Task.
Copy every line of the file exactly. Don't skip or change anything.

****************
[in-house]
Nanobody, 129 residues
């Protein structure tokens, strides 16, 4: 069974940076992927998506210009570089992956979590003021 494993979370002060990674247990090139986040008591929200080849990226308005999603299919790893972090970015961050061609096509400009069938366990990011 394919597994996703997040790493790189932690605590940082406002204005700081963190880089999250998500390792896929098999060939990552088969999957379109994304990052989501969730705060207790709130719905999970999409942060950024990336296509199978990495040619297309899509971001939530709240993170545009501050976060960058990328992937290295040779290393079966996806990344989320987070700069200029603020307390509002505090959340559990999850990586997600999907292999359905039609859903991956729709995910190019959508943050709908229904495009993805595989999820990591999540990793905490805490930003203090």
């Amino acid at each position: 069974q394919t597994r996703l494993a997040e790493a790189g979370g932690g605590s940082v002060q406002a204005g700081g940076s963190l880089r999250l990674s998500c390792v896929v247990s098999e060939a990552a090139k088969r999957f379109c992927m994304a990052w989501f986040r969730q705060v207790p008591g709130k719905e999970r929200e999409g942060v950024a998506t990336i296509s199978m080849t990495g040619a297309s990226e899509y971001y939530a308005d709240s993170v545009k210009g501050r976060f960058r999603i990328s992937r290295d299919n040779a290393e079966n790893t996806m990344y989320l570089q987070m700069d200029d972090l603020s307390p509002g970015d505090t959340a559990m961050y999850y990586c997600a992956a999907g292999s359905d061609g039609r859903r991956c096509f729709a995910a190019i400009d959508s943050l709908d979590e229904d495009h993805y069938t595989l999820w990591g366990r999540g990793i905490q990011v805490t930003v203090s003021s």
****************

[in-house]
Nanobody, 129 residues
């Protein structure tokens, strides 16, 4: 069974940076992927998506210009570089992956979590003021 494993979370002060990674247990090139986040008591929200080849990226308005999603299919790893972090970015961050061609096509400009069938366990990011 394919597994996703997040790493790189932690605590940082406002204005700081963190880089999250998500390792896929098999060939990552088969999957379109994304990052989501969730705060207790709130719905999970999409942060950024990336296509199978990495040619297309899509971001939530709240993170545009501050976060960058990328992937290295040779290393079966996806990344989320987070700069200029603020307390509002505090959340559990999850990586997600999907292999359905039609859903991956729709995910190019959508943050709908229904495009993805595989999820990591999540990793905490805490930003203090």
């Amino acid at each position: 069974q394919t597994r996703l494993a997040e790493a790189g979370g932690g605590s940082v002060q406002a204005g700081g940076s963190l880089r999250l990674s998500c390792v896929v247990s098999e060939a990552a090139k088969r999957f379109c992927m994304a990052w989501f986040r969730q705060v207790p008591g709130k719905e999970r929200e999409g942060v950024a998506t990336i296509s199978m080849t990495g040619a297309s990226e899509y971001y939530a308005d709240s993170v545009k210009g501050r976060f960058r999603i990328s992937r290295d299919n040779a290393e079966n790893t996806m990344y989320l570089q987070m700069d200029d972090l603020s307390p509002g970015d505090t959340a559990m961050y999850y990586c997600a992956a999907g292999s359905d061609g039609r859903r991956c096509f729709a995910a190019i400009d959508s943050l709908d979590e229904d495009h993805y069938t595989l999820w990591g366990r999540g990793i905490q990011v805490t930003v203090s003021s």